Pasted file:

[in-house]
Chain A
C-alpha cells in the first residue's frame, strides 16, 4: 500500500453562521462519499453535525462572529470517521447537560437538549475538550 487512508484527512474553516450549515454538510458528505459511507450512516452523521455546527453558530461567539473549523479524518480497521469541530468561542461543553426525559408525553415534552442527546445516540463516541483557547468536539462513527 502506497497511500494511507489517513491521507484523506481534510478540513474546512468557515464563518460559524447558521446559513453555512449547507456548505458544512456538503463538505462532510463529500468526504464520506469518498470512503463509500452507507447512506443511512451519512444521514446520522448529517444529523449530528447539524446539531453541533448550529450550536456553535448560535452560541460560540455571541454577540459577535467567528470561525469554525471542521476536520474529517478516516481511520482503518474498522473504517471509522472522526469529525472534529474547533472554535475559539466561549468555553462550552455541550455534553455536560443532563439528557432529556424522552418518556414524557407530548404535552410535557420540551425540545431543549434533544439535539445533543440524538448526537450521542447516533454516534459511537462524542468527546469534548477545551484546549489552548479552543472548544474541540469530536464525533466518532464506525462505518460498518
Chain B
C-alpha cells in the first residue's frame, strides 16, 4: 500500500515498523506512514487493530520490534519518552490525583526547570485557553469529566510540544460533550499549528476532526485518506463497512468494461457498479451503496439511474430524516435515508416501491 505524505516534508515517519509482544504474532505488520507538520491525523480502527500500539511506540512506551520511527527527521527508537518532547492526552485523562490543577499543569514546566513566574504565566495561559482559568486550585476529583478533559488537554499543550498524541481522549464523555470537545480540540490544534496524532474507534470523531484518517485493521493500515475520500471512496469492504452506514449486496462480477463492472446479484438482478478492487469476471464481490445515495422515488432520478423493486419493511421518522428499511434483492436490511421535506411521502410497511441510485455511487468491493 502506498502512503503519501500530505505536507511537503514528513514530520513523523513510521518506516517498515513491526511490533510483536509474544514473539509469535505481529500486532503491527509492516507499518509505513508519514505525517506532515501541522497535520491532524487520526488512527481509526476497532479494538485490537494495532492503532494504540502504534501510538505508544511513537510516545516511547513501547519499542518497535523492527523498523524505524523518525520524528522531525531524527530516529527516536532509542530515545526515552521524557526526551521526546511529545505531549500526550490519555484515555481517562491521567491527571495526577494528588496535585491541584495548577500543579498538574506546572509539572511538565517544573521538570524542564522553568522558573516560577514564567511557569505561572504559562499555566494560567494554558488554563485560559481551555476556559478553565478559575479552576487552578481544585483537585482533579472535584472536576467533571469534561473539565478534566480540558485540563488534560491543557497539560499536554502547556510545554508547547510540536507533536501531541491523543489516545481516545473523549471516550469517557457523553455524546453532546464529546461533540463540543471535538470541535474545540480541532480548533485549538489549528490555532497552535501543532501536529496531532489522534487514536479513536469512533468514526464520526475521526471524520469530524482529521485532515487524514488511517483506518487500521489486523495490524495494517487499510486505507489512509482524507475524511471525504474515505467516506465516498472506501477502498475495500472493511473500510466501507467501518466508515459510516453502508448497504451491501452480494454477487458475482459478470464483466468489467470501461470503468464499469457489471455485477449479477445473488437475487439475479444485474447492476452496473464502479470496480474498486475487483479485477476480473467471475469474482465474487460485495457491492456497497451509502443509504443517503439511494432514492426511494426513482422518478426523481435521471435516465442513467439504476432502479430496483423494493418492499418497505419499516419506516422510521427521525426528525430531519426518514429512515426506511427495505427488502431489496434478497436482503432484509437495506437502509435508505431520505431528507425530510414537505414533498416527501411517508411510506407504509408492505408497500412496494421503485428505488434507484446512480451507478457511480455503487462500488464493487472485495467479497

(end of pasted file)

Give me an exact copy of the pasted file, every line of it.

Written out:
[in-house]
Chain A
C-alpha cells in the first residue's frame, strides 16, 4: 500500500453562521462519499453535525462572529470517521447537560437538549475538550 487512508484527512474553516450549515454538510458528505459511507450512516452523521455546527453558530461567539473549523479524518480497521469541530468561542461543553426525559408525553415534552442527546445516540463516541483557547468536539462513527 502506497497511500494511507489517513491521507484523506481534510478540513474546512468557515464563518460559524447558521446559513453555512449547507456548505458544512456538503463538505462532510463529500468526504464520506469518498470512503463509500452507507447512506443511512451519512444521514446520522448529517444529523449530528447539524446539531453541533448550529450550536456553535448560535452560541460560540455571541454577540459577535467567528470561525469554525471542521476536520474529517478516516481511520482503518474498522473504517471509522472522526469529525472534529474547533472554535475559539466561549468555553462550552455541550455534553455536560443532563439528557432529556424522552418518556414524557407530548404535552410535557420540551425540545431543549434533544439535539445533543440524538448526537450521542447516533454516534459511537462524542468527546469534548477545551484546549489552548479552543472548544474541540469530536464525533466518532464506525462505518460498518
Chain B
C-alpha cells in the first residue's frame, strides 16, 4: 500500500515498523506512514487493530520490534519518552490525583526547570485557553469529566510540544460533550499549528476532526485518506463497512468494461457498479451503496439511474430524516435515508416501491 505524505516534508515517519509482544504474532505488520507538520491525523480502527500500539511506540512506551520511527527527521527508537518532547492526552485523562490543577499543569514546566513566574504565566495561559482559568486550585476529583478533559488537554499543550498524541481522549464523555470537545480540540490544534496524532474507534470523531484518517485493521493500515475520500471512496469492504452506514449486496462480477463492472446479484438482478478492487469476471464481490445515495422515488432520478423493486419493511421518522428499511434483492436490511421535506411521502410497511441510485455511487468491493 502506498502512503503519501500530505505536507511537503514528513514530520513523523513510521518506516517498515513491526511490533510483536509474544514473539509469535505481529500486532503491527509492516507499518509505513508519514505525517506532515501541522497535520491532524487520526488512527481509526476497532479494538485490537494495532492503532494504540502504534501510538505508544511513537510516545516511547513501547519499542518497535523492527523498523524505524523518525520524528522531525531524527530516529527516536532509542530515545526515552521524557526526551521526546511529545505531549500526550490519555484515555481517562491521567491527571495526577494528588496535585491541584495548577500543579498538574506546572509539572511538565517544573521538570524542564522553568522558573516560577514564567511557569505561572504559562499555566494560567494554558488554563485560559481551555476556559478553565478559575479552576487552578481544585483537585482533579472535584472536576467533571469534561473539565478534566480540558485540563488534560491543557497539560499536554502547556510545554508547547510540536507533536501531541491523543489516545481516545473523549471516550469517557457523553455524546453532546464529546461533540463540543471535538470541535474545540480541532480548533485549538489549528490555532497552535501543532501536529496531532489522534487514536479513536469512533468514526464520526475521526471524520469530524482529521485532515487524514488511517483506518487500521489486523495490524495494517487499510486505507489512509482524507475524511471525504474515505467516506465516498472506501477502498475495500472493511473500510466501507467501518466508515459510516453502508448497504451491501452480494454477487458475482459478470464483466468489467470501461470503468464499469457489471455485477449479477445473488437475487439475479444485474447492476452496473464502479470496480474498486475487483479485477476480473467471475469474482465474487460485495457491492456497497451509502443509504443517503439511494432514492426511494426513482422518478426523481435521471435516465442513467439504476432502479430496483423494493418492499418497505419499516419506516422510521427521525426528525430531519426518514429512515426506511427495505427488502431489496434478497436482503432484509437495506437502509435508505431520505431528507425530510414537505414533498416527501411517508411510506407504509408492505408497500412496494421503485428505488434507484446512480451507478457511480455503487462500488464493487472485495467479497